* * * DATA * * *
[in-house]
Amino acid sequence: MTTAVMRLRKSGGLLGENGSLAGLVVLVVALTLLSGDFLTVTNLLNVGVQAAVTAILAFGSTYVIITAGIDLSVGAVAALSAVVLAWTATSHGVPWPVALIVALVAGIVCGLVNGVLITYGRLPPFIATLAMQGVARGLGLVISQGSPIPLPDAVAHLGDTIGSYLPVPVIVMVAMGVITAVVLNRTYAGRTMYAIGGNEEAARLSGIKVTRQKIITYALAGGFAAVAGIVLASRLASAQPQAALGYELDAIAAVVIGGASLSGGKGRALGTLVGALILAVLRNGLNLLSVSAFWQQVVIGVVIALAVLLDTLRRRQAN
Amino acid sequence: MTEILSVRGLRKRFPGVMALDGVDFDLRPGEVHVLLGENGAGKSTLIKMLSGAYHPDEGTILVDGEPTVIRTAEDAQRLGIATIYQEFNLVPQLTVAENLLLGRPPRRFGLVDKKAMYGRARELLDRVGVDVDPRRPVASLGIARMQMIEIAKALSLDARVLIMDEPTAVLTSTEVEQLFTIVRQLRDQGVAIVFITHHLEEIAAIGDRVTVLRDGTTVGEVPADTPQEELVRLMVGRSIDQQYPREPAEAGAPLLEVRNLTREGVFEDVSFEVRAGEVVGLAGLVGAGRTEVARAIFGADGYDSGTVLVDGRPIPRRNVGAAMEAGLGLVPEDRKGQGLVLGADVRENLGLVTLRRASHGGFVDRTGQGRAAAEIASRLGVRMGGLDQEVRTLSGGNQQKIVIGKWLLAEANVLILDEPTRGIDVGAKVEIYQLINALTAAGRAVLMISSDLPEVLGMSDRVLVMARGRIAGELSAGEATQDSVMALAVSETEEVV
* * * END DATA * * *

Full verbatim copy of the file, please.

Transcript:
[in-house]
Amino acid sequence: MTTAVMRLRKSGGLLGENGSLAGLVVLVVALTLLSGDFLTVTNLLNVGVQAAVTAILAFGSTYVIITAGIDLSVGAVAALSAVVLAWTATSHGVPWPVALIVALVAGIVCGLVNGVLITYGRLPPFIATLAMQGVARGLGLVISQGSPIPLPDAVAHLGDTIGSYLPVPVIVMVAMGVITAVVLNRTYAGRTMYAIGGNEEAARLSGIKVTRQKIITYALAGGFAAVAGIVLASRLASAQPQAALGYELDAIAAVVIGGASLSGGKGRALGTLVGALILAVLRNGLNLLSVSAFWQQVVIGVVIALAVLLDTLRRRQAN
Amino acid sequence: MTEILSVRGLRKRFPGVMALDGVDFDLRPGEVHVLLGENGAGKSTLIKMLSGAYHPDEGTILVDGEPTVIRTAEDAQRLGIATIYQEFNLVPQLTVAENLLLGRPPRRFGLVDKKAMYGRARELLDRVGVDVDPRRPVASLGIARMQMIEIAKALSLDARVLIMDEPTAVLTSTEVEQLFTIVRQLRDQGVAIVFITHHLEEIAAIGDRVTVLRDGTTVGEVPADTPQEELVRLMVGRSIDQQYPREPAEAGAPLLEVRNLTREGVFEDVSFEVRAGEVVGLAGLVGAGRTEVARAIFGADGYDSGTVLVDGRPIPRRNVGAAMEAGLGLVPEDRKGQGLVLGADVRENLGLVTLRRASHGGFVDRTGQGRAAAEIASRLGVRMGGLDQEVRTLSGGNQQKIVIGKWLLAEANVLILDEPTRGIDVGAKVEIYQLINALTAAGRAVLMISSDLPEVLGMSDRVLVMARGRIAGELSAGEATQDSVMALAVSETEEVV